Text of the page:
If you happen to be one of those who engage in a group countdown to ring in the new year, add another second to that clock. The year 2017 will arrive a second late this year, as clock experts will compensate for a slowdown in the earth’s rotation.

Scientists will introduce a “leap second” after 23:59:59 on December 31, 2016. As a result, clocks striking 00:00:00 will actually be recording a time of 23:59:60 — midnight being delayed by a second. This will be the 27th time NPL (National Physical Laboratory), the birthplace of atomic time will bring in a leap second to ensure that time based on the Earth’s rotation matches the time kept by atomic clocks. The additional seconds are added because of unpredictable changes in the speed at which the planet turns on its axis, which happens every two or three years. The last time an additional second was added to clocks was in June 2015.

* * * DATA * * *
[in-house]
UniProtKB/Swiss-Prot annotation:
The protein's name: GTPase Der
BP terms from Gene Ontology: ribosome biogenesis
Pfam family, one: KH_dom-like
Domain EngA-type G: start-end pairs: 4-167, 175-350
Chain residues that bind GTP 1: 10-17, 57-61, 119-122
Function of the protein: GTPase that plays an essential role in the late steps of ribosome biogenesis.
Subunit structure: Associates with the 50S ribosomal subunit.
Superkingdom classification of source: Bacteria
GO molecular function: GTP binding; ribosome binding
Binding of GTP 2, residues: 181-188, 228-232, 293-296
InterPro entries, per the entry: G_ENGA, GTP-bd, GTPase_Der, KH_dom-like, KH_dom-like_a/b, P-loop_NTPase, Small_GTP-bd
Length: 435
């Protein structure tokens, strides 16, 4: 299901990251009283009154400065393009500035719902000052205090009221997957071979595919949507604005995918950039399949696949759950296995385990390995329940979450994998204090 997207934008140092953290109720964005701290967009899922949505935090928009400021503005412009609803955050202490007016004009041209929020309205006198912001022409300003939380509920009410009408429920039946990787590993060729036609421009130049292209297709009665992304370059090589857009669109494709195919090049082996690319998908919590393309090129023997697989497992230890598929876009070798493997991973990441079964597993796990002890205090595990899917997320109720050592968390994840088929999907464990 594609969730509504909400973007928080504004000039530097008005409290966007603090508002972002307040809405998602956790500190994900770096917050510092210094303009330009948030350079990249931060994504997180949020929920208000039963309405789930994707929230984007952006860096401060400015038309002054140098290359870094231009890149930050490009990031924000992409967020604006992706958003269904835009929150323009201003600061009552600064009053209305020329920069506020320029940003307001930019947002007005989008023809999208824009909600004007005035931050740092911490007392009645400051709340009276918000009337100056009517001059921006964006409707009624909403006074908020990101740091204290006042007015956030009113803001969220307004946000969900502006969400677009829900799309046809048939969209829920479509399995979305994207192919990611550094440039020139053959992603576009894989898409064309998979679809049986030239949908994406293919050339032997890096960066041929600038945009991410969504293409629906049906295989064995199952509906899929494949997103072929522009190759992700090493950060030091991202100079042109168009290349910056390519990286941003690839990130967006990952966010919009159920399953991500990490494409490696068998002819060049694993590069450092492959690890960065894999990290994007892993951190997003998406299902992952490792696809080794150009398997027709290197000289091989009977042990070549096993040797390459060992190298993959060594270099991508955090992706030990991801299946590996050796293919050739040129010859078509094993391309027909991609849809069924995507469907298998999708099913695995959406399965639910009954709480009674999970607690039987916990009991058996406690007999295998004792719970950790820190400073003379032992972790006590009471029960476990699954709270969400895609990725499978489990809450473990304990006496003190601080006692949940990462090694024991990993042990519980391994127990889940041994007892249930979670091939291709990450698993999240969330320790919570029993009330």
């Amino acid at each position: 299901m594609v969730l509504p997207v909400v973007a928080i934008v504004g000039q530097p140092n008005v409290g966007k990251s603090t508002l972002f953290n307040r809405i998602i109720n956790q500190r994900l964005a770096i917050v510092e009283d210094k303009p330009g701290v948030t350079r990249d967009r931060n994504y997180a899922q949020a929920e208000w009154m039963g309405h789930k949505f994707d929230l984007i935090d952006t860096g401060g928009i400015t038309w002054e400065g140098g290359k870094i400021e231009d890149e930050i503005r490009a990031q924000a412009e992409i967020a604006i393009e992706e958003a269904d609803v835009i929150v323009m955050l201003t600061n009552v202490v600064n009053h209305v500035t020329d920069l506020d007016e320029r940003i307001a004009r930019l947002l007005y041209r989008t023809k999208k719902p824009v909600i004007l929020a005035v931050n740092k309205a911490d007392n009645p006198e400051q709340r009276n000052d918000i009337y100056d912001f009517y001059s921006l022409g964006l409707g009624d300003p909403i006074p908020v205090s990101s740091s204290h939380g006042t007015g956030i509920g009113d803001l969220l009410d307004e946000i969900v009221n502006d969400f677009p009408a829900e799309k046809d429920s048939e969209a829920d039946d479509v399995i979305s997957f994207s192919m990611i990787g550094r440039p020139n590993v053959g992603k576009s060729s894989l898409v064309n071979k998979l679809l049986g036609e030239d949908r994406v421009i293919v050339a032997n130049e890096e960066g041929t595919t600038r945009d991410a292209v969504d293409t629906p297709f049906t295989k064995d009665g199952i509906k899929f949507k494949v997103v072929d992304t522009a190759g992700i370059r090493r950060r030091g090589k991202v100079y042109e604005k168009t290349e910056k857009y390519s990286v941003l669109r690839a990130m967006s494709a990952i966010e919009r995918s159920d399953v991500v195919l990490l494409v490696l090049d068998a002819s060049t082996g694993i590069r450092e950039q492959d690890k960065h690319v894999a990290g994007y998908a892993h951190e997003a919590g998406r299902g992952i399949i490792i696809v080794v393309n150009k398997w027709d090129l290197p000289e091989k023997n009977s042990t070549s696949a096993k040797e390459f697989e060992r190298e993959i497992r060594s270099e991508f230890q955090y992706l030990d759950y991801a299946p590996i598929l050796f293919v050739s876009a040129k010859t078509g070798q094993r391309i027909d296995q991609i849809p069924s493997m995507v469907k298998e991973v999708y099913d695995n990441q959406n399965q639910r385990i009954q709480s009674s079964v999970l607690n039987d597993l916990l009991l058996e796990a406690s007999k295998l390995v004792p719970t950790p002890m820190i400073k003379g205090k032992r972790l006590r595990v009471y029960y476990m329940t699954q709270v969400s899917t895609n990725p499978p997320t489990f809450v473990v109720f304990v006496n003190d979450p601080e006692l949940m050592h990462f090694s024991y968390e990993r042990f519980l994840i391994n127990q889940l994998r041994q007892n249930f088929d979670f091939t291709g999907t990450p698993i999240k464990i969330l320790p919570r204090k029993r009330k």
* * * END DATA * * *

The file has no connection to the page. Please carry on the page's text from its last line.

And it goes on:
Peter Whibberley, senior research scientist with NPL’s time and frequency group, said: “Atomic clocks are more than a million times better at keeping time than the rotation of the Earth, which fluctuates unpredictably. Leap seconds are needed to prevent civil time drifting away from Earth time. Although the drift is small — taking around 1,000 years to accumulate a one-hour difference — if not corrected it would eventually result in clocks showing midday before sunrise.”

Such introduction of leap seconds makes it difficult to maintain communication networks, financial systems and other applications that rely on precise timing, as the adjustment has to be made manually for them to function correctly.